The British Columbia Information and Privacy Commissioner has
just released some cloud computing Guidelines for public bodies.
Cloud computing (using the internet to process, manage and store
data on remote network services) can offer cost savings and other
functional benefits to public bodies, but raises particular
questions regarding compliance with BC's Freedom of
Information and Protection of Privacy Act (FIPPA). The Guidelines
point out that a public body must comply with FIPPA with respect to
all personal information in its custody or control, including
personal information that is accessed, stored or used through cloud
The Guidelines go on to describe some FIPPA obligations that are
particularly relevant to cloud computing:
Public bodies must ensure that personal information is only
stored in and accessed from inside Canada (subject to limited and
specific exceptions). If one of those limited exceptions does not
apply, it is an offence under FIPPA to store or allow access to
personal information outside of Canada without written consent from
the individual whom the information is about (or without coming
within. This requirement is relevant if a cloud computing provider
is located, operates, or has servers outside of Canada.
Public bodies must make reasonable security arrangements to
protect personal information from unauthorized access, collection,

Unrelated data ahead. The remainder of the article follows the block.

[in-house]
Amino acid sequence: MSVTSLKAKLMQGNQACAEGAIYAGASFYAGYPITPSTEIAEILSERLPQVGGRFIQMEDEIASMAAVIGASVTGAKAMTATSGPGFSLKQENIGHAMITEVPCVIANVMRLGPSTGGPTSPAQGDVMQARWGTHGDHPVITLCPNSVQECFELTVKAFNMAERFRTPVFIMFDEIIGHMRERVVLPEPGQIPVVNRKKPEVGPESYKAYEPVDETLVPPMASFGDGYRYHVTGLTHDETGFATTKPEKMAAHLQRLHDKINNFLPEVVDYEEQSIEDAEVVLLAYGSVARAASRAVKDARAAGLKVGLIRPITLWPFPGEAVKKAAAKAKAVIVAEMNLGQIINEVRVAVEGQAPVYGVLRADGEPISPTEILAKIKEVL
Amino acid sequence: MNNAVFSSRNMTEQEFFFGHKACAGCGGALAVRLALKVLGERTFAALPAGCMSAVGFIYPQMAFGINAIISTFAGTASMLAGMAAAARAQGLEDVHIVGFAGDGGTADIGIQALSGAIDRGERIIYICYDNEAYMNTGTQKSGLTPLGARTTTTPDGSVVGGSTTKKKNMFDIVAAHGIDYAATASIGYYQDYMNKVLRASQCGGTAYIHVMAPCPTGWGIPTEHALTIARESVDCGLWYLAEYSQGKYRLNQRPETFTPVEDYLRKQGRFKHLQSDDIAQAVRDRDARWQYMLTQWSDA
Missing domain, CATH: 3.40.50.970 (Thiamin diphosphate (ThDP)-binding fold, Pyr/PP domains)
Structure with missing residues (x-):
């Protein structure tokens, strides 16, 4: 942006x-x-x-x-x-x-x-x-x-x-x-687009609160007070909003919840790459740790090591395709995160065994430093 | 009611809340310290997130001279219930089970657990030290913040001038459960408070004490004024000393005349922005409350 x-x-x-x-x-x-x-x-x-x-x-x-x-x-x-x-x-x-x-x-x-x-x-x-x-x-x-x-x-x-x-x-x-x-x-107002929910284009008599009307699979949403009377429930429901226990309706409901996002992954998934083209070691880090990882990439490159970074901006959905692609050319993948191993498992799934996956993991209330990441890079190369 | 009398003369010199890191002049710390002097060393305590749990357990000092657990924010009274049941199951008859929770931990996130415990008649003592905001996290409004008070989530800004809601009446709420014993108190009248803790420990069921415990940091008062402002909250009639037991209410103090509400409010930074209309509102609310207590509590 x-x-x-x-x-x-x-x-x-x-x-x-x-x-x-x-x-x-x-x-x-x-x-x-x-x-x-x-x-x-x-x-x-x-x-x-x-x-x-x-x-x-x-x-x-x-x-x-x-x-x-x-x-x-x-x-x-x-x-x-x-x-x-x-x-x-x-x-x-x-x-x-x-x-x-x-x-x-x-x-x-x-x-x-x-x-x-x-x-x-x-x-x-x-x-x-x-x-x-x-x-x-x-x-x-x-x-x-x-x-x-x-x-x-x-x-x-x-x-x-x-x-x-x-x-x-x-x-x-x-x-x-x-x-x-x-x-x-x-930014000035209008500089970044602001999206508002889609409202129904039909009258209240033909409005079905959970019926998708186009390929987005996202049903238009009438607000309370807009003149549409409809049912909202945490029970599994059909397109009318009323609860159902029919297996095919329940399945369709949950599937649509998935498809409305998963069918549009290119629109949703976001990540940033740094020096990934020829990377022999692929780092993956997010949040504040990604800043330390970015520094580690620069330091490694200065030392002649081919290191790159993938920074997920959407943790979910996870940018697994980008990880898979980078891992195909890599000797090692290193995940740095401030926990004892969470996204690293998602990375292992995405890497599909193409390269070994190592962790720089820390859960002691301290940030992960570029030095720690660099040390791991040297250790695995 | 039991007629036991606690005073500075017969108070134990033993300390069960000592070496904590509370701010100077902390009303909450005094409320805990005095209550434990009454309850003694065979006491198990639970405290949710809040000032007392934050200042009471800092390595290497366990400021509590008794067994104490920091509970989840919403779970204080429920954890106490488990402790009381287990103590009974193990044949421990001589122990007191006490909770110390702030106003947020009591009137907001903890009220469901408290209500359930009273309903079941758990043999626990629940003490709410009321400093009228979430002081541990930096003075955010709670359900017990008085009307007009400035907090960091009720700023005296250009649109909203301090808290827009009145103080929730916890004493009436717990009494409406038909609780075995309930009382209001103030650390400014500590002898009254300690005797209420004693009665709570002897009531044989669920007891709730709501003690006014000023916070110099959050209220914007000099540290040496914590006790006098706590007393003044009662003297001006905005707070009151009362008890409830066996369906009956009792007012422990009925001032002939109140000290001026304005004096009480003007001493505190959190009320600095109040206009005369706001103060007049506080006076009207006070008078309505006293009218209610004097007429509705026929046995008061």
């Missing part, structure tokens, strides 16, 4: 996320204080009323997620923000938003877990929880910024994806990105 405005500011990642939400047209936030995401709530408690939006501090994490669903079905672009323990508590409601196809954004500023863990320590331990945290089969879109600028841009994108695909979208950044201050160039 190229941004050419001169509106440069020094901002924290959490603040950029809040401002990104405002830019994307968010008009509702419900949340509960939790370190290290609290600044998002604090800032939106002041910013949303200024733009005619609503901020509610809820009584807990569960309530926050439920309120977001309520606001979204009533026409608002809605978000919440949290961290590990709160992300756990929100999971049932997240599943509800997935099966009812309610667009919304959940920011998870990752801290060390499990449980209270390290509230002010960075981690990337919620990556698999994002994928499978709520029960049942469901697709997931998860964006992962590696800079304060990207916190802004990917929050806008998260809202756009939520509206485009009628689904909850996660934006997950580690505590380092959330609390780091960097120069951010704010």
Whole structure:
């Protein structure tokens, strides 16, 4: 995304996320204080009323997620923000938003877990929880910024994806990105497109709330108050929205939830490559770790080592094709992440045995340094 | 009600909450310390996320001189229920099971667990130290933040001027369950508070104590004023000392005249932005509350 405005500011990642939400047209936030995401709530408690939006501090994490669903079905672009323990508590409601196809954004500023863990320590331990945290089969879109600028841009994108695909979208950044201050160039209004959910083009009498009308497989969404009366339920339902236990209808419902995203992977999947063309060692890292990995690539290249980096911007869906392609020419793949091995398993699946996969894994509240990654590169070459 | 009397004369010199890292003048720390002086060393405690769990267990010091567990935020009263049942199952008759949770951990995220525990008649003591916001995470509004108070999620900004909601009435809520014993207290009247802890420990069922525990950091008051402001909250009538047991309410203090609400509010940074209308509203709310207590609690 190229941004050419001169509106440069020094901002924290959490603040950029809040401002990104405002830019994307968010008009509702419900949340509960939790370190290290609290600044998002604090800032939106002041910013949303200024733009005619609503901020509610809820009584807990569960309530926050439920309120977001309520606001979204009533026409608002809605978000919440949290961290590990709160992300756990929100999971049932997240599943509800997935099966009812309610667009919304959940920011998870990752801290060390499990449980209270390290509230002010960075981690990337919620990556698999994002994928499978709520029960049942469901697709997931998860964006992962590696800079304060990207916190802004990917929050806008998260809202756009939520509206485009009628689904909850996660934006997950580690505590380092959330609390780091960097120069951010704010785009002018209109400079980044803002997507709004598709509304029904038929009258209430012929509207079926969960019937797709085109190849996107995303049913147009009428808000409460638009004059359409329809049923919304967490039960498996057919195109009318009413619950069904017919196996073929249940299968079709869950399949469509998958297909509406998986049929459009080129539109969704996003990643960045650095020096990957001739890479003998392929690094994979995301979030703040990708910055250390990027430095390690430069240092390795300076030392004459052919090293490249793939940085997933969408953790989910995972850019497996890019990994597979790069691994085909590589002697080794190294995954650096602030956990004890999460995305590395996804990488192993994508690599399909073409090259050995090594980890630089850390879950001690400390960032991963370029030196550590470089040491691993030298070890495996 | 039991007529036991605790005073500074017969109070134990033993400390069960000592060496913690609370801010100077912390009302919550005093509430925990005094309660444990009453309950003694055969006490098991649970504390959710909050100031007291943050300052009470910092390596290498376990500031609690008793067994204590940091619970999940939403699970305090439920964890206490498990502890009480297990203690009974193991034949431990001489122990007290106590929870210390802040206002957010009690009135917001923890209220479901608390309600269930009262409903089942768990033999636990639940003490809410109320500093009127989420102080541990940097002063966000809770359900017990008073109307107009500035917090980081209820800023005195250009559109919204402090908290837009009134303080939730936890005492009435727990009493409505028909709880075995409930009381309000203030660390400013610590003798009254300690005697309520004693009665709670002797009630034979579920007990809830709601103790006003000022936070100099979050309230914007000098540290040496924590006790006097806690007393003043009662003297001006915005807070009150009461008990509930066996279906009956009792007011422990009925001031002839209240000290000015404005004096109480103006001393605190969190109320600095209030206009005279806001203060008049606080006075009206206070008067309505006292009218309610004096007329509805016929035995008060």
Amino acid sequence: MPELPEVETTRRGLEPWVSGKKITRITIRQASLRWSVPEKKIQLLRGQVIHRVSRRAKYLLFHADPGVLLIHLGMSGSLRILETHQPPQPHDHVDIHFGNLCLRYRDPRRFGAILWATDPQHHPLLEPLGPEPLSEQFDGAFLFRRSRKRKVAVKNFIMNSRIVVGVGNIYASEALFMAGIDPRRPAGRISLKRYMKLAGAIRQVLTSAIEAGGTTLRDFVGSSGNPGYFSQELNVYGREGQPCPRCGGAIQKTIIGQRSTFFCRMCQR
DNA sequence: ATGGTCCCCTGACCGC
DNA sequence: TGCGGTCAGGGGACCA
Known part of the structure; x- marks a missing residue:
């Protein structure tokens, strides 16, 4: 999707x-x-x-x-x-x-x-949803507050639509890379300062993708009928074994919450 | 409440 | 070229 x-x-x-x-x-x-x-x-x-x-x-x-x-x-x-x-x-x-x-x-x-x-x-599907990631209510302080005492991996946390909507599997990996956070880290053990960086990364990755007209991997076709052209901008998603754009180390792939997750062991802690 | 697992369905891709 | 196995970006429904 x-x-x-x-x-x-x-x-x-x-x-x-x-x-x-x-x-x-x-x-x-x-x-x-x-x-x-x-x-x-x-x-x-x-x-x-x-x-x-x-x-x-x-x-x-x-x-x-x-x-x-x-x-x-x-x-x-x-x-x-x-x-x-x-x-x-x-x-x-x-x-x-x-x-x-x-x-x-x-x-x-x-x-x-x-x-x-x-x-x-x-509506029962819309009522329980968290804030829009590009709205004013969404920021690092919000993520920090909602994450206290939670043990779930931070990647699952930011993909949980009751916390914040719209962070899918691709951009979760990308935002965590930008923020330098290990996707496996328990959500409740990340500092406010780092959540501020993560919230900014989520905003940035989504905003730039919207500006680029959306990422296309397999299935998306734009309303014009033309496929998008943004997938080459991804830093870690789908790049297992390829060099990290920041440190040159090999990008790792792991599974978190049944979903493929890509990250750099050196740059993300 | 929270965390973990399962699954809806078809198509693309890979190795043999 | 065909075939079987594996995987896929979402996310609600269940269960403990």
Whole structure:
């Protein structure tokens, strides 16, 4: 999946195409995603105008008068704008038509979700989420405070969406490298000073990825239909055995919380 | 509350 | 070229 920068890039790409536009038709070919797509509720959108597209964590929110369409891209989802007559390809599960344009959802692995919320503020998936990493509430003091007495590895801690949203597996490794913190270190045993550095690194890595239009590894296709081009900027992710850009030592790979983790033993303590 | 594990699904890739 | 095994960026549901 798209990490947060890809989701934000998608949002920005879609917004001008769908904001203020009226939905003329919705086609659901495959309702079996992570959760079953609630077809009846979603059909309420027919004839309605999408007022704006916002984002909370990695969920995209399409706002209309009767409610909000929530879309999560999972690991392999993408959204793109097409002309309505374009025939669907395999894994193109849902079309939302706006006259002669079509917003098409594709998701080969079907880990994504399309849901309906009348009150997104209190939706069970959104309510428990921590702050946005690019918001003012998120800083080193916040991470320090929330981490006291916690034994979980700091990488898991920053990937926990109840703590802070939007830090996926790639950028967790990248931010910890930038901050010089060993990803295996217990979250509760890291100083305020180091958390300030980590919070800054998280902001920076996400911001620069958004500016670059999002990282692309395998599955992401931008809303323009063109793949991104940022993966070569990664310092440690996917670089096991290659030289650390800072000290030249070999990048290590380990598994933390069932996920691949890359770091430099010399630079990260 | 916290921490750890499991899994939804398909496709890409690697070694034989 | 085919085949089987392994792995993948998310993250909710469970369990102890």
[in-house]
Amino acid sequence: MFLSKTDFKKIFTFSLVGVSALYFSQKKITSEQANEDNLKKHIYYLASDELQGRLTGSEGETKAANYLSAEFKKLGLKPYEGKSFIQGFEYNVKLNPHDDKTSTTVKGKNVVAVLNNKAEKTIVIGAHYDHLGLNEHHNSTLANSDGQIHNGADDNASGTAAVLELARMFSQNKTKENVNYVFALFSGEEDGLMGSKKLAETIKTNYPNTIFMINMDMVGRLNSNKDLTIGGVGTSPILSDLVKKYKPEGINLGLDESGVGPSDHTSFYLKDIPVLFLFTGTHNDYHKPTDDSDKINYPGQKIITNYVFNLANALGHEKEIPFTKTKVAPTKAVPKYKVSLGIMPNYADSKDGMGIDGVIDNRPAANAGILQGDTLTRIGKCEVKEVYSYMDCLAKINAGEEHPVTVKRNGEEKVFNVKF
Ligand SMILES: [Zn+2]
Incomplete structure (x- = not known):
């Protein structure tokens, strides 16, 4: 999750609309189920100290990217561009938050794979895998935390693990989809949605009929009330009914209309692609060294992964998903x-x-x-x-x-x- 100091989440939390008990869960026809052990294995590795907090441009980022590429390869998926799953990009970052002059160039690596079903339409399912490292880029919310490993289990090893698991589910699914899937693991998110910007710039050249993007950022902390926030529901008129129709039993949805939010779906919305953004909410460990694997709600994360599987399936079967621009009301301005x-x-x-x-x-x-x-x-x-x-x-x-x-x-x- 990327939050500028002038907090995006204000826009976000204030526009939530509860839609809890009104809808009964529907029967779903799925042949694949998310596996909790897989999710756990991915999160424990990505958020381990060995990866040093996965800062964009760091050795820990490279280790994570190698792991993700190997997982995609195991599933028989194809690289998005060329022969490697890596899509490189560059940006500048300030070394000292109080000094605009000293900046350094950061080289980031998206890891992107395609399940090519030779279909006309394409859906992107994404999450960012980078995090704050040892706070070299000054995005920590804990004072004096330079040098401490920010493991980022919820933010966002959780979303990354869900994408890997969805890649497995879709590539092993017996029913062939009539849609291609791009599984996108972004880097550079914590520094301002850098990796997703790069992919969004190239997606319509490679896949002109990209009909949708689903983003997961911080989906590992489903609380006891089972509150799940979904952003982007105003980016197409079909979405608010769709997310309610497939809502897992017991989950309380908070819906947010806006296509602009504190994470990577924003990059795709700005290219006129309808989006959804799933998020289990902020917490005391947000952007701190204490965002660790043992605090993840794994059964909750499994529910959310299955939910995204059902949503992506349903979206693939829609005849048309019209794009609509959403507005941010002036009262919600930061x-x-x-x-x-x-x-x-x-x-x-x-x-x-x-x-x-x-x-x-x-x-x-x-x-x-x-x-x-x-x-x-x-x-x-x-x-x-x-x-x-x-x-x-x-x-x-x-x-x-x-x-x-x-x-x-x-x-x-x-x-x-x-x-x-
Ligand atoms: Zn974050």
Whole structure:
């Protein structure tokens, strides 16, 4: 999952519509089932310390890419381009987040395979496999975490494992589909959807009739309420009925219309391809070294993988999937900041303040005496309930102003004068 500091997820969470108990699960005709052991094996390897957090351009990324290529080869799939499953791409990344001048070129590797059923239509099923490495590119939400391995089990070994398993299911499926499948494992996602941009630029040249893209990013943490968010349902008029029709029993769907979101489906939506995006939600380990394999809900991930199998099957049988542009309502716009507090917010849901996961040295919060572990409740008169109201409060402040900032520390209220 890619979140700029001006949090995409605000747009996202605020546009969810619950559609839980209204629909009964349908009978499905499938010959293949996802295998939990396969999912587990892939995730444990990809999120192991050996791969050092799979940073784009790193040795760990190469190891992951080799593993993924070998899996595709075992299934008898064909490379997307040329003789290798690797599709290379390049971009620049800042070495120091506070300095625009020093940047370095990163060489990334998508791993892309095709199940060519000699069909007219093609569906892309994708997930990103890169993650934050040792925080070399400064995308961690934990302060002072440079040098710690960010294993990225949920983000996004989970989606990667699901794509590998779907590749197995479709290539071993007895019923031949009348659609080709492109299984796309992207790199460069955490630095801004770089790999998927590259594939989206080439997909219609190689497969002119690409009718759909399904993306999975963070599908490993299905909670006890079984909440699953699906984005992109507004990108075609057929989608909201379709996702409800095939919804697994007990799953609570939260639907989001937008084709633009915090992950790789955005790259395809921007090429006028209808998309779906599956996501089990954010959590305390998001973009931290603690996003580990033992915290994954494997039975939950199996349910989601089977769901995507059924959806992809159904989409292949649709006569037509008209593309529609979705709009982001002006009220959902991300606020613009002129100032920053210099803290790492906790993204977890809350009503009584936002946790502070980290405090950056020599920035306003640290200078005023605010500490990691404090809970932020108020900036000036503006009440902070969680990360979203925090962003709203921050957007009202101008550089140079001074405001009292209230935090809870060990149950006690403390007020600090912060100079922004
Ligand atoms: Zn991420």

use, disclosure, etc. In the cloud computing context, this might
entail reviewing the service provider's security
arrangements and expressly addressing security and privacy concerns
in the service contract. Public bodies should also ensure that
their own houses are in order, for example by having appropriate
security and privacy policies and procedures, access controls, and
appropriate system security measures.
The Guidelines serve to remind public bodies that FIPPA applies
to new technology solutions, and that FIPPA compliance should
always be a key consideration when implementing new technology
solutions like cloud computing.
The content of this article is intended to provide a general
guide to the subject matter. Specialist advice should be sought
about your specific circumstances.
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